Results of Disability Hearing: The Do-Over

(Disclaimer:  The following account is my personal experience with a disability hearing and should in no way compare with anyone else’s experience.  I do my best to research what I write, and seek to provide correct information to my readers; however I do advise one to do one’s own research when it comes to a personal disability case.  Thank you.)

You may want to take a look at my first disability hearing last year.

My lawyer appealed the judge’s decision, citing six reasons for appeal.  The judge’s decision was then reviewed by a Social Security Disability employee who found five more reasons for appeal.  Because of this, my case was remanded back to the same court, with the same judge.  It was a complete “do-over”.  The judge is obligated to look at you like a new claimant, with no prejudice.

As I waited for it to be my turn I saw a young woman in her early-20s at her first trial, sitting with her mother.  The court officer asked if she wanted an attorney and she replied no.  The officer said she had advised her of her right to an attorney, was she waiving that?  The woman said yes.  The officer walked away and I leaned over to her and said, “Are you sure you don’t want an attorney?”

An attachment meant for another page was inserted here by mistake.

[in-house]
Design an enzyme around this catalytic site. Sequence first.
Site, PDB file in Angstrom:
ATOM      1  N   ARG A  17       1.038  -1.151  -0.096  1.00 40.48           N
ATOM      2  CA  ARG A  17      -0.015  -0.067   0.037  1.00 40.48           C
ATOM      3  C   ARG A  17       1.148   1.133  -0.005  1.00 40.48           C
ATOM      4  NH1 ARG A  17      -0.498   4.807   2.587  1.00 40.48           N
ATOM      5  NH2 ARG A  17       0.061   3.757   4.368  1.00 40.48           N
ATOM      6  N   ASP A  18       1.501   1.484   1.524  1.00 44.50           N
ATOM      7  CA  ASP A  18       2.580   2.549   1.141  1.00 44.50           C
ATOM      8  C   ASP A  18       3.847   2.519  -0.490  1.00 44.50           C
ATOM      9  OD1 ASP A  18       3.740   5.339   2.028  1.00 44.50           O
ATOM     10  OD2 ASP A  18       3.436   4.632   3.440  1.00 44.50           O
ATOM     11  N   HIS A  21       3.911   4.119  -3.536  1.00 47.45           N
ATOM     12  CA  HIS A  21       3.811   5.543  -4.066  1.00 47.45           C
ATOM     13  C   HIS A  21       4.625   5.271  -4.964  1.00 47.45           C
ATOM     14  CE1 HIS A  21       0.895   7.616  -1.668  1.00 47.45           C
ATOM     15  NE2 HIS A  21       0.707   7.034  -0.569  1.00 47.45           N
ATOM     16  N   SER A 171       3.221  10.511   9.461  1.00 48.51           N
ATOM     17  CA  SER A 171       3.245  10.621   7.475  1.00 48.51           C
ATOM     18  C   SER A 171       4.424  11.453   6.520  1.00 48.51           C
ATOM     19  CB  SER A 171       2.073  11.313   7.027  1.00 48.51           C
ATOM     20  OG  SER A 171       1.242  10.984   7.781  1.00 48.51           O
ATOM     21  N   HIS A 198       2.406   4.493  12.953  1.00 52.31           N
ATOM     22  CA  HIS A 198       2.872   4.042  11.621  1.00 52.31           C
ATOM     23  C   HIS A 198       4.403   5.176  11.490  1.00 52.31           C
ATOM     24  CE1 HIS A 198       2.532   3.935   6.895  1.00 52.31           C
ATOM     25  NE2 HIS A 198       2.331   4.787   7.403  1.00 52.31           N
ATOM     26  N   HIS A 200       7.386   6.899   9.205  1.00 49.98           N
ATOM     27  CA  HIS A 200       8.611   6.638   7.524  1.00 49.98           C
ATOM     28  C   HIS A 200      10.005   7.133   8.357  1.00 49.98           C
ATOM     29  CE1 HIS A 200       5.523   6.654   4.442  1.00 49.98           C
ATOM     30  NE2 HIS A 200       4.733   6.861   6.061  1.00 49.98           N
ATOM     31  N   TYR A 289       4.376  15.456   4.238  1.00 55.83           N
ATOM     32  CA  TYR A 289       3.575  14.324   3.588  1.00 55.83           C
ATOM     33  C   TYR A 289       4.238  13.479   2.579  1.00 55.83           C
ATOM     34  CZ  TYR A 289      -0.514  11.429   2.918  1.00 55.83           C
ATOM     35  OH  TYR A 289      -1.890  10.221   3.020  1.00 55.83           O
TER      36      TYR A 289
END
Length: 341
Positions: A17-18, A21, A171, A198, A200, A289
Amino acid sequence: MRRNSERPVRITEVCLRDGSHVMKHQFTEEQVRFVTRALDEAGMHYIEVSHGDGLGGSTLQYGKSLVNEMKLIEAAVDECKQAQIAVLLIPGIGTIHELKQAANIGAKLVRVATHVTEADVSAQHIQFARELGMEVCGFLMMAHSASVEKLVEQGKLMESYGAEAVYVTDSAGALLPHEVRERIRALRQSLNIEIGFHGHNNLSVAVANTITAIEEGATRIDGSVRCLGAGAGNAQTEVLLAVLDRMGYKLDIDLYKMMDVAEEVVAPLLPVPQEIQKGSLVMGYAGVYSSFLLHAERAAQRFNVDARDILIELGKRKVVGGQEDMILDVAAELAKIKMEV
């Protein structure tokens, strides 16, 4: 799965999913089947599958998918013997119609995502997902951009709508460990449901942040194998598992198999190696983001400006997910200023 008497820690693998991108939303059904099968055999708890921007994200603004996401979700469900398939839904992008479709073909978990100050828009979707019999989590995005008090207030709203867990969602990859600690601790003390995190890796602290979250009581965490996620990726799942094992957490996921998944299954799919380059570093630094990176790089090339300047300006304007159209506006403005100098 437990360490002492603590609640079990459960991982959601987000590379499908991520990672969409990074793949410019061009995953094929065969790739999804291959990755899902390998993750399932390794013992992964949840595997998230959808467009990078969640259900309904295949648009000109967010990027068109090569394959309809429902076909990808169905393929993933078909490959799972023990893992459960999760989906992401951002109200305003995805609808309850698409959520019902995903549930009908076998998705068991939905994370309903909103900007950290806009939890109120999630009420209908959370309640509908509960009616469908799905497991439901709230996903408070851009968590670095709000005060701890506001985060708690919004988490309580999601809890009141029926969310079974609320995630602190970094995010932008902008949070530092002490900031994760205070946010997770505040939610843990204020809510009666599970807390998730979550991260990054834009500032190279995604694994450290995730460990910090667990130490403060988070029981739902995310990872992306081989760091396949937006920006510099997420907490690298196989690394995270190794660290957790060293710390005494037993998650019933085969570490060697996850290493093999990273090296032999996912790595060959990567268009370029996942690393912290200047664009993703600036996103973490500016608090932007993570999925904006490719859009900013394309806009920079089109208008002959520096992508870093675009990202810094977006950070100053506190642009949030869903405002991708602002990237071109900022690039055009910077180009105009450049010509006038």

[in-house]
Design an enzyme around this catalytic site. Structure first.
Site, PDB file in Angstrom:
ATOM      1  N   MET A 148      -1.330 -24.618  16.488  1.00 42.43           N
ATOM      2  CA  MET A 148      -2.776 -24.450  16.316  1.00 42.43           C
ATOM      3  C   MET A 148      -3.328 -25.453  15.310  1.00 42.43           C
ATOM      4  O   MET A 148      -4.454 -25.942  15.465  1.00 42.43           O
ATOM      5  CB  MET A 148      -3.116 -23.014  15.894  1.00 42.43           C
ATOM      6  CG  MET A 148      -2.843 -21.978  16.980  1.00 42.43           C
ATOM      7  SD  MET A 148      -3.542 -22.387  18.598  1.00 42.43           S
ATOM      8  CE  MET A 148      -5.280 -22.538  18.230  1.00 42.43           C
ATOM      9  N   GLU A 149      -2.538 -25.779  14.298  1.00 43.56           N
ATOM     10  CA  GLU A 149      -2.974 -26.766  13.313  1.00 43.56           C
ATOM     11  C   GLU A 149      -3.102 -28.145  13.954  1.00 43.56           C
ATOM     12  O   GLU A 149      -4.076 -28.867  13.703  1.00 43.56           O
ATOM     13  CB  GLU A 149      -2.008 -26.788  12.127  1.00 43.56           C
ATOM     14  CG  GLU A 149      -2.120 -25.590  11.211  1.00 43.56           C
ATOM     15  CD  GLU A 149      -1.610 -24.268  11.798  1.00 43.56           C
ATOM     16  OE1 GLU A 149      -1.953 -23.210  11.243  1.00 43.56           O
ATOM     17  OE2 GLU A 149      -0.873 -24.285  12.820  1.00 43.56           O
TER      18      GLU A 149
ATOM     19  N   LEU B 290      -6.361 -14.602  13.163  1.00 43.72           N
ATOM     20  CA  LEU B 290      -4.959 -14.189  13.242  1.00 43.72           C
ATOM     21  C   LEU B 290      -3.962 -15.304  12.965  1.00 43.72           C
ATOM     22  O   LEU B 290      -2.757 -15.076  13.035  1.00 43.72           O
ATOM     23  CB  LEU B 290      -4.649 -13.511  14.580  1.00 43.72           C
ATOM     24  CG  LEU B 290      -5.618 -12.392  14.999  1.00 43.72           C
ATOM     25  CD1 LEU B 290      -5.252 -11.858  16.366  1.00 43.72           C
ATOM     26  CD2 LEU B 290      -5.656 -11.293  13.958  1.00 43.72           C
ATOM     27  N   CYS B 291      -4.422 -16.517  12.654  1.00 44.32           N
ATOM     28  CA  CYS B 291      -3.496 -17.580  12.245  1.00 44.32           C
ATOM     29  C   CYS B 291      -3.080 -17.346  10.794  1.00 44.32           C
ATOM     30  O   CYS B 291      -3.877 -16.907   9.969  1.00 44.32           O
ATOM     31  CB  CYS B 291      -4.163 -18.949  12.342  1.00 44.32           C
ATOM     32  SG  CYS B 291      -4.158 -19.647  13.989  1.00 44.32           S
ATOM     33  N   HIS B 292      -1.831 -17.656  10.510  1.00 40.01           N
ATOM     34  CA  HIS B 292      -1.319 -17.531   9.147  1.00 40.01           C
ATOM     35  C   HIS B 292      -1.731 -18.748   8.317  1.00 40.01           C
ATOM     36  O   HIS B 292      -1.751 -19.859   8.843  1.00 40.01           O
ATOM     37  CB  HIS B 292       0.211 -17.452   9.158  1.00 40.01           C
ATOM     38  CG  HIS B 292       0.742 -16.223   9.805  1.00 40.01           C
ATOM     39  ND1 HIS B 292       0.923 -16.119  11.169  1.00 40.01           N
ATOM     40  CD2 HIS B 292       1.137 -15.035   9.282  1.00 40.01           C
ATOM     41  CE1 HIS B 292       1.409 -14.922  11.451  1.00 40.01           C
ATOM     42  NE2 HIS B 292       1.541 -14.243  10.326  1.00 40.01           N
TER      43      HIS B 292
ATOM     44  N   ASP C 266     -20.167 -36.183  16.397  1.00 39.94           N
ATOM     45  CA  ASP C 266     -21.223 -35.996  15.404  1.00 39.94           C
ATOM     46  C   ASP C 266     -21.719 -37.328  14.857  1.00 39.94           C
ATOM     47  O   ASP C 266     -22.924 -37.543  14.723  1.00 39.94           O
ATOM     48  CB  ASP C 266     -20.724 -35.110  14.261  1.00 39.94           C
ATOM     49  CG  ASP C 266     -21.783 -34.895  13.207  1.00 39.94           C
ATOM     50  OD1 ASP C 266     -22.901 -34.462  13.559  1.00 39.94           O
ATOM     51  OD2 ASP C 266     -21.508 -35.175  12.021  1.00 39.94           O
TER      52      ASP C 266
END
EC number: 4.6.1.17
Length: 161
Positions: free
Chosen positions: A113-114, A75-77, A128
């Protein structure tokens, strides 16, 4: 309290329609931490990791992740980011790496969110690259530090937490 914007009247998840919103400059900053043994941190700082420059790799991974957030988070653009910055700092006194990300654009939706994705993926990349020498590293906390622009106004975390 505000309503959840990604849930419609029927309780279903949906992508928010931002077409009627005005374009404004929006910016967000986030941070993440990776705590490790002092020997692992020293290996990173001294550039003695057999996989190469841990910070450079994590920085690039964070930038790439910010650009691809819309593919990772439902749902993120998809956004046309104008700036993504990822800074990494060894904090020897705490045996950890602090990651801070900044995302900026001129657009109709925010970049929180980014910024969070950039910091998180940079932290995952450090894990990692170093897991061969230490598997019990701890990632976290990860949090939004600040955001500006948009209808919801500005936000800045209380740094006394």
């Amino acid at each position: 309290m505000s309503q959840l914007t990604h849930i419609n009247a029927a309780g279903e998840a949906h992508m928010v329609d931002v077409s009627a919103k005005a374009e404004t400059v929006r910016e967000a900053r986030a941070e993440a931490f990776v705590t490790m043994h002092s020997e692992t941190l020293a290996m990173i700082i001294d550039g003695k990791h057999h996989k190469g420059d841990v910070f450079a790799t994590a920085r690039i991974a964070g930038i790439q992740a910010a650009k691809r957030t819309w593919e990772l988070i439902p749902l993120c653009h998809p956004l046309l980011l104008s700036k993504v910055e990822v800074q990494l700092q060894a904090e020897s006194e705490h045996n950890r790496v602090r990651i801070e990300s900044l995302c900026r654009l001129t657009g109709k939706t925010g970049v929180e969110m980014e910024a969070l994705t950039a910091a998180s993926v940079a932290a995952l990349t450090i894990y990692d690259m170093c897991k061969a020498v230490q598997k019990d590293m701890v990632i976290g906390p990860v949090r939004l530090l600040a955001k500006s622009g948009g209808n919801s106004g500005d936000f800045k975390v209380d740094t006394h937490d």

I thought about how judges and vocational expert witnesses can be sharks, how you can hardly understand what they are saying, how I could have never gotten through this without my lawyer.

And then the woman called the officer over and asked about how having an attorney works.  She did not know that it didn’t cost anything to have one.  After speaking to the officer she postponed her trial until she could get representation.  I felt so relieved for her and good about me butting my nose into her business!

My lawyer came and I met with him.  All of the records from after last year’s hearing up to today’s were in.  He showed me a test that came from where I have been receiving therapy and psychiatric medication.  I don’t know what the test was exactly but he happily said, “Normally they don’t even consider people able to work at 50% and your scores are nowhere even close to that!”

Great for my case, yes, but was that true?  Was my mental function really that low or were they just trying to help me out?  It hurts to be scored that low, it feels very discouraging.

The judge was like a different person.  She thanked me for traveling to Newark and was gentle and patient.

I think a big reason why I lost the first time was that the judge did not understand the nature of my part-time voice-over work.  My hourly salary is high but I only get called one to two times a month to work, hardly what one would call substantial gainful employment.  And this year I had lost my only client of about 14 years, because I was too sick and disengaged to even contact them to tell them what was going on.  I told the judge it would be very difficult to try to cultivate new clients with my health being in the state it was in.